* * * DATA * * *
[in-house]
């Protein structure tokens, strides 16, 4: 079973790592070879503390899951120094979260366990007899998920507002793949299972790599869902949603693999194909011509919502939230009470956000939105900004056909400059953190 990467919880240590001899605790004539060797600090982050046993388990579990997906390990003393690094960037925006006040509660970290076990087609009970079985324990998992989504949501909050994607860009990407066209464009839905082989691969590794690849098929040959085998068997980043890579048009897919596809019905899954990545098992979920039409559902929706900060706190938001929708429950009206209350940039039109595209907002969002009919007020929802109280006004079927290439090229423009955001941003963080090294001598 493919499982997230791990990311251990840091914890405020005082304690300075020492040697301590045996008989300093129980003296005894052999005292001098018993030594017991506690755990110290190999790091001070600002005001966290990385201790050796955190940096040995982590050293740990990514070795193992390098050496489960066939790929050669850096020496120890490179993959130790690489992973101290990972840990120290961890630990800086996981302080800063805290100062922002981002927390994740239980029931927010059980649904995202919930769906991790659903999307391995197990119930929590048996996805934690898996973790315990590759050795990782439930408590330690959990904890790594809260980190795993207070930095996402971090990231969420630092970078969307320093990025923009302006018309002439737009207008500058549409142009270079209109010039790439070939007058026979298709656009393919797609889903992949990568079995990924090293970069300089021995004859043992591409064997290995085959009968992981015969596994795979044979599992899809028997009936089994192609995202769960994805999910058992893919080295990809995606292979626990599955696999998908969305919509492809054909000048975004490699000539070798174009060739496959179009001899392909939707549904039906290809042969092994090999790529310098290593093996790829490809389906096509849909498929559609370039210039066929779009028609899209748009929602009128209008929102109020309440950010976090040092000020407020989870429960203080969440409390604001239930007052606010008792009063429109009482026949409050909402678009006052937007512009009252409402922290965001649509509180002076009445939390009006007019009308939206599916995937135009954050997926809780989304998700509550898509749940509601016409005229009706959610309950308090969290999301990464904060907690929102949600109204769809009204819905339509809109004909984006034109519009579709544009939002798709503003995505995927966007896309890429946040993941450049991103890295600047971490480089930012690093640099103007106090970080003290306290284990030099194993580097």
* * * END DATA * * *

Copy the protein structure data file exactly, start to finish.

[in-house]
């Protein structure tokens, strides 16, 4: 079973790592070879503390899951120094979260366990007899998920507002793949299972790599869902949603693999194909011509919502939230009470956000939105900004056909400059953190 990467919880240590001899605790004539060797600090982050046993388990579990997906390990003393690094960037925006006040509660970290076990087609009970079985324990998992989504949501909050994607860009990407066209464009839905082989691969590794690849098929040959085998068997980043890579048009897919596809019905899954990545098992979920039409559902929706900060706190938001929708429950009206209350940039039109595209907002969002009919007020929802109280006004079927290439090229423009955001941003963080090294001598 493919499982997230791990990311251990840091914890405020005082304690300075020492040697301590045996008989300093129980003296005894052999005292001098018993030594017991506690755990110290190999790091001070600002005001966290990385201790050796955190940096040995982590050293740990990514070795193992390098050496489960066939790929050669850096020496120890490179993959130790690489992973101290990972840990120290961890630990800086996981302080800063805290100062922002981002927390994740239980029931927010059980649904995202919930769906991790659903999307391995197990119930929590048996996805934690898996973790315990590759050795990782439930408590330690959990904890790594809260980190795993207070930095996402971090990231969420630092970078969307320093990025923009302006018309002439737009207008500058549409142009270079209109010039790439070939007058026979298709656009393919797609889903992949990568079995990924090293970069300089021995004859043992591409064997290995085959009968992981015969596994795979044979599992899809028997009936089994192609995202769960994805999910058992893919080295990809995606292979626990599955696999998908969305919509492809054909000048975004490699000539070798174009060739496959179009001899392909939707549904039906290809042969092994090999790529310098290593093996790829490809389906096509849909498929559609370039210039066929779009028609899209748009929602009128209008929102109020309440950010976090040092000020407020989870429960203080969440409390604001239930007052606010008792009063429109009482026949409050909402678009006052937007512009009252409402922290965001649509509180002076009445939390009006007019009308939206599916995937135009954050997926809780989304998700509550898509749940509601016409005229009706959610309950308090969290999301990464904060907690929102949600109204769809009204819905339509809109004909984006034109519009579709544009939002798709503003995505995927966007896309890429946040993941450049991103890295600047971490480089930012690093640099103007106090970080003290306290284990030099194993580097």